the Telecom Act, Clear Channel owned 43 radio stations across America.
Jacor had become a top three radio
company in 1996 after buying Citicasters and Regent Communications. Within a year 200 Jacor stations
were purchased by Clear Channel for $6.5 billion. The next year Capstar had purchased SFX Broadcasting
while Chancellor merged with Evergreen Media. Then in 1998 Hicks merged Chancellor Media with Capstar
to become the biggest radio chain in the country, AMFM.
What put Clear Channel on top of the radio industry with most number of stations was the merger
with in 2000 that stunned the industry as the smaller company bought out the top player in the
industry, AMFM. The acquired chain was an investment of Thomas Hicks, who had started the company as
Chancellor Media in 1994. Hicks had been a radio investor for years with his Texas firm Hicks, Muse,
Tate, Furst, the firm that also purchased George W. Bush's share of the Texas Rangers in 1999. Hicks
decided to trade radio for sports. In 2000 Hicks sold AMFM to Clear Channel for $23 billion.
Throughout the 2000s Clear Channel has owned up to 1200 radio stations, topping out around
ten percent of all U.S. commercial radio stations. But since 2006 the company has been selling
off many smaller market stations to concentrate on the larger markets. At the end of 2006
Clear Channel announced it would go private, after years of the stock price hanging well below
2000 levels. It was still the biggest player in the radio industry, in terms of revenue and number of
stations. The other big player throughout the consolidation era continues to be CBS Radio.
The merger deals that produced Clear Channel Communications and CBS Radio set precedents in the
radio industry that created a buying frenzy, driving radio property values to the moon. The consequence
appears to be that the public doesn't like corporate radio as much as a more market-defined sound.
Since the mid-nineties radio ratings
have been on a steady decline. Part of the problem is that radio faces new competition from new media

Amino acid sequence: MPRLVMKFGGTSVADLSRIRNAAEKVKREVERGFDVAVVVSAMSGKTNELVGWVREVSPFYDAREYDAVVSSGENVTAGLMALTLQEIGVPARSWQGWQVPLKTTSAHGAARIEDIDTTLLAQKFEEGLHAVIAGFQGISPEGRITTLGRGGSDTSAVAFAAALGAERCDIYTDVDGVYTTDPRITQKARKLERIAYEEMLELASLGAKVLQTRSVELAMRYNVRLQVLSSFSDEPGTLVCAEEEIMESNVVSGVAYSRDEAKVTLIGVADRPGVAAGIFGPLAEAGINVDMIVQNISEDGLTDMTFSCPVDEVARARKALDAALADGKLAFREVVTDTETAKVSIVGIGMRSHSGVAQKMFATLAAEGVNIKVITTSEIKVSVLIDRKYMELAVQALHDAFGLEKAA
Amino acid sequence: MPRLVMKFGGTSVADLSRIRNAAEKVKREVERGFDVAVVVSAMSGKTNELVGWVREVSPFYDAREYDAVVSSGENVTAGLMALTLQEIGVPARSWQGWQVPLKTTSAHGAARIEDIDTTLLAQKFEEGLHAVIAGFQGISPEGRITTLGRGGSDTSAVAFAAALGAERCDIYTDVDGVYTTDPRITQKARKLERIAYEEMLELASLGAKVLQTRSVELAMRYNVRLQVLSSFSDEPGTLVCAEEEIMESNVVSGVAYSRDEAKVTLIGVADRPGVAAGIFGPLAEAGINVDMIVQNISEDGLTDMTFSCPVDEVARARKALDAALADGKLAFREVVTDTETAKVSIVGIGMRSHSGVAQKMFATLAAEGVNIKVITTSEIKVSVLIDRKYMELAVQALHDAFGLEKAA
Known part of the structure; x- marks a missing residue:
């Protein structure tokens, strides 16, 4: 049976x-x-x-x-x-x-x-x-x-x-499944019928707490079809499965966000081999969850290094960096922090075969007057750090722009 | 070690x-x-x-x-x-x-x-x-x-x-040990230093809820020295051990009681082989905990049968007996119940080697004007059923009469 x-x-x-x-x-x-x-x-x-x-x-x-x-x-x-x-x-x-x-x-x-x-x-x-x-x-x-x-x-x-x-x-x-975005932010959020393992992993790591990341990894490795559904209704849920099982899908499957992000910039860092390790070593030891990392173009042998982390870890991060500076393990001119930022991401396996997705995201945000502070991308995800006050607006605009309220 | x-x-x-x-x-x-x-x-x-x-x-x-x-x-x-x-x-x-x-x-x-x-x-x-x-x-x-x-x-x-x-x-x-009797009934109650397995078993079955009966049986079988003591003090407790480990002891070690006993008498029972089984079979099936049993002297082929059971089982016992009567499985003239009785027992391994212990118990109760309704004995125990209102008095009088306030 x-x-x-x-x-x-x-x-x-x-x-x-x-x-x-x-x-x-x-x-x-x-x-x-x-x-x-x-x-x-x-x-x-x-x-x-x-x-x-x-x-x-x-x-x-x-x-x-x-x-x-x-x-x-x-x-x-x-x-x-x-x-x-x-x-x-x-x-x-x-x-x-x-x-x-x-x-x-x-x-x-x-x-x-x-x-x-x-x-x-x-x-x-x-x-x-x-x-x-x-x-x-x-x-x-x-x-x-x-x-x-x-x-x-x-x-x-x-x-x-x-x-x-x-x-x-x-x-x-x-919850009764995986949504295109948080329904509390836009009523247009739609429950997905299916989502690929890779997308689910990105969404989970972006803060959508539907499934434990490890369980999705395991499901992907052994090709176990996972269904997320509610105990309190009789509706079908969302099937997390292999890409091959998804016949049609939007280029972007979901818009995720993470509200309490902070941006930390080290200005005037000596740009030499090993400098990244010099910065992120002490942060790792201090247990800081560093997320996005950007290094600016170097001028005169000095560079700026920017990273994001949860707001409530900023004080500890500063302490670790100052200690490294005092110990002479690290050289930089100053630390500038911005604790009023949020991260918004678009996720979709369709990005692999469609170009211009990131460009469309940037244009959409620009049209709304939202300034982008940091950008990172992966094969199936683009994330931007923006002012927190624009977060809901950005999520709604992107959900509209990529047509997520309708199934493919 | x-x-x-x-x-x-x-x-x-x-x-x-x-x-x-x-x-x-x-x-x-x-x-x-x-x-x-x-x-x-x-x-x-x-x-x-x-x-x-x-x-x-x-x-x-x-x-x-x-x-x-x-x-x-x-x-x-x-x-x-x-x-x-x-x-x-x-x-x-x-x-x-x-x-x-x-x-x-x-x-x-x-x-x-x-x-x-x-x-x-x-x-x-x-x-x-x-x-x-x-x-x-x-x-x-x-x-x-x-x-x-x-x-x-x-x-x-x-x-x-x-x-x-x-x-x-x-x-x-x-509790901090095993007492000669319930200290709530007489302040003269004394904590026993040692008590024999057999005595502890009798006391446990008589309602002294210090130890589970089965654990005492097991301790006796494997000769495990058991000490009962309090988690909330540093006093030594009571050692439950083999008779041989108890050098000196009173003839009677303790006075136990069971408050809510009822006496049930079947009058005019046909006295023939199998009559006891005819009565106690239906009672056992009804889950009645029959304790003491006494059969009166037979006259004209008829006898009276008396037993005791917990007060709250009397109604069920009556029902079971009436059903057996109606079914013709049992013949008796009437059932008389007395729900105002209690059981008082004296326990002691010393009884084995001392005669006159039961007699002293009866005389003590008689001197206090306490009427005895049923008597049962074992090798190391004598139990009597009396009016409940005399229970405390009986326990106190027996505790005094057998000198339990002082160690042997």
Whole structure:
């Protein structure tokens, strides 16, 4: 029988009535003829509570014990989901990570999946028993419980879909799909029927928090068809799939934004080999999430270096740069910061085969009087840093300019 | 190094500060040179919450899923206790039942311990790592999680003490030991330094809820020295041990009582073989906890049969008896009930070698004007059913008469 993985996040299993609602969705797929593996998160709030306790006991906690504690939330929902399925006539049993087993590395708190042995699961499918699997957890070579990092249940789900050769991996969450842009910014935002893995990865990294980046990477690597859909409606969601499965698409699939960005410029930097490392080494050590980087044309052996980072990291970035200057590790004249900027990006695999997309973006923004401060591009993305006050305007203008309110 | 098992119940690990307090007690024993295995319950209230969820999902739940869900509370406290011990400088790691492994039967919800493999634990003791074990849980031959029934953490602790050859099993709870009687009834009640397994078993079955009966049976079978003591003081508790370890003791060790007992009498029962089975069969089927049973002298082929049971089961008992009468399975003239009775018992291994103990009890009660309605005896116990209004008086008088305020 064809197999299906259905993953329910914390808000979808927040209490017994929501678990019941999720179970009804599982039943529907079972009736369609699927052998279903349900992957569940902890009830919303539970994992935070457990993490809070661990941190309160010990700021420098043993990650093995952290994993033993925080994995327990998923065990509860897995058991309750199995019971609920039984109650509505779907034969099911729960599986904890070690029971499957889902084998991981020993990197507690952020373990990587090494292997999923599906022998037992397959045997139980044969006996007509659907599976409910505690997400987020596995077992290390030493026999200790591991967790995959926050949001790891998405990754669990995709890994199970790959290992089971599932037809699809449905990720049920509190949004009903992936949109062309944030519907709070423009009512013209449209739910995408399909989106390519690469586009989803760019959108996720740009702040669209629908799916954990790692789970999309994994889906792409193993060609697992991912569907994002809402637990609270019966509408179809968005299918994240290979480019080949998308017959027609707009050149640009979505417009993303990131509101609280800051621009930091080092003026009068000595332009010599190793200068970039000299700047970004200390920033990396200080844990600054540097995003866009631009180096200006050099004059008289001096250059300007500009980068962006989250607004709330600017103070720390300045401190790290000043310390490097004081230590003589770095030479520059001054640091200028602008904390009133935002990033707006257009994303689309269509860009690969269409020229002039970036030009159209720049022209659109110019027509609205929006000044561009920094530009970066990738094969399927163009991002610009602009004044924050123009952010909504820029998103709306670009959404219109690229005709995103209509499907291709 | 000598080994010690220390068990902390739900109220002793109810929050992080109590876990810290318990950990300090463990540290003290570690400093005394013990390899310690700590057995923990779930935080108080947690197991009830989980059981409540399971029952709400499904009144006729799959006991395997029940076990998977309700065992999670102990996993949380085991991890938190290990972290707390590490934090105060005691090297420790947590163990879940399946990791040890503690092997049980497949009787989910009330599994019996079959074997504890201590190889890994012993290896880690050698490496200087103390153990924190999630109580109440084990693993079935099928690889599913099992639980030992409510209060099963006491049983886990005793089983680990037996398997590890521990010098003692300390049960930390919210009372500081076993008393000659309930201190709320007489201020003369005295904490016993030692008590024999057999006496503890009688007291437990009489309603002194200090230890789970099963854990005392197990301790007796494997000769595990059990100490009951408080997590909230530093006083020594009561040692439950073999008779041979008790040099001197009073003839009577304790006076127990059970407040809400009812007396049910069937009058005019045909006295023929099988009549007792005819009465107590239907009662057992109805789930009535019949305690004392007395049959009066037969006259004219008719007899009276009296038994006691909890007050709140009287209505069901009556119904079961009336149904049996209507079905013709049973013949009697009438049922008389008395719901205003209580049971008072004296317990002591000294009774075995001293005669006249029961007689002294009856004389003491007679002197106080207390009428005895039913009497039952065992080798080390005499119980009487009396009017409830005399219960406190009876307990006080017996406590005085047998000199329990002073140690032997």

such as the internet and portable mp3 players. Another problem is that the duplication of programming
from one market to another seems to produce a very bland product for people who grew up on
unique radio personalities and music that reflected more the metro than the national scene.
Both Clear Channel and CBS Radio became known in the radio industry for favoring an aggressive sales
and marketing effort even to the point of over-shadowing programming. This new direction for radio
was in amazing contrast with previous radio mantras that dictated programming came first and if the
programming worked, then it would be marketed and sales would follow.
In the new scheme, however, programming simply
became a vehicle for sales and marketing, although attention was paid even closer to audience
research. This shift created a much tighter, more predictable sound than audiences had been
conditioned to hearing.
Another interesting development that happened at the same time as radio consolidation was record
industry consolidation. In the nineties, six companies ruled the music industry, but after a series
of mergers four major music companies stood in the 2000s. The decline in music industry shipments
and revenue that marked the era of the internet and the iPod, could also be seen as contributing to
Perhaps, people don't want their music to be so corporate after all. CBS Radio has tried to emulate